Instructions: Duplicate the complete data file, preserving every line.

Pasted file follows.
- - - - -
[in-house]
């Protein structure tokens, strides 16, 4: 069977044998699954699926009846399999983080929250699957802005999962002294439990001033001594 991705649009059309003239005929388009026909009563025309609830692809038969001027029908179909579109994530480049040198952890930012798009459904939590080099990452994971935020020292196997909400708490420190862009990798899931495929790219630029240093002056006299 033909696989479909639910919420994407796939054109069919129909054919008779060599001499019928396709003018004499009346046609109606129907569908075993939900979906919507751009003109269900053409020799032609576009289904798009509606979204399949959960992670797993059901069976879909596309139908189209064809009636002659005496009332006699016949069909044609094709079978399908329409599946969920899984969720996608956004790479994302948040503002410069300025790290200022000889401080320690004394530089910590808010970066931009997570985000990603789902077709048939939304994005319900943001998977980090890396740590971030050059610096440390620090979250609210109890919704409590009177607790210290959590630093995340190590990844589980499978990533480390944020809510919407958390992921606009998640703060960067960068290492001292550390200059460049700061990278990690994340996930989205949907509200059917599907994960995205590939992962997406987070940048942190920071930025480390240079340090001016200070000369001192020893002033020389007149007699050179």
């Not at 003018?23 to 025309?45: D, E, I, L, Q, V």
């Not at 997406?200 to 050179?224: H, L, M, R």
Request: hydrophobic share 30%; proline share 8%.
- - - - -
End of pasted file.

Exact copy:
[in-house]
């Protein structure tokens, strides 16, 4: 069977044998699954699926009846399999983080929250699957802005999962002294439990001033001594 991705649009059309003239005929388009026909009563025309609830692809038969001027029908179909579109994530480049040198952890930012798009459904939590080099990452994971935020020292196997909400708490420190862009990798899931495929790219630029240093002056006299 033909696989479909639910919420994407796939054109069919129909054919008779060599001499019928396709003018004499009346046609109606129907569908075993939900979906919507751009003109269900053409020799032609576009289904798009509606979204399949959960992670797993059901069976879909596309139908189209064809009636002659005496009332006699016949069909044609094709079978399908329409599946969920899984969720996608956004790479994302948040503002410069300025790290200022000889401080320690004394530089910590808010970066931009997570985000990603789902077709048939939304994005319900943001998977980090890396740590971030050059610096440390620090979250609210109890919704409590009177607790210290959590630093995340190590990844589980499978990533480390944020809510919407958390992921606009998640703060960067960068290492001292550390200059460049700061990278990690994340996930989205949907509200059917599907994960995205590939992962997406987070940048942190920071930025480390240079340090001016200070000369001192020893002033020389007149007699050179």
């Not at 003018?23 to 025309?45: D, E, I, L, Q, V």
């Not at 997406?200 to 050179?224: H, L, M, R």
Request: hydrophobic share 30%; proline share 8%.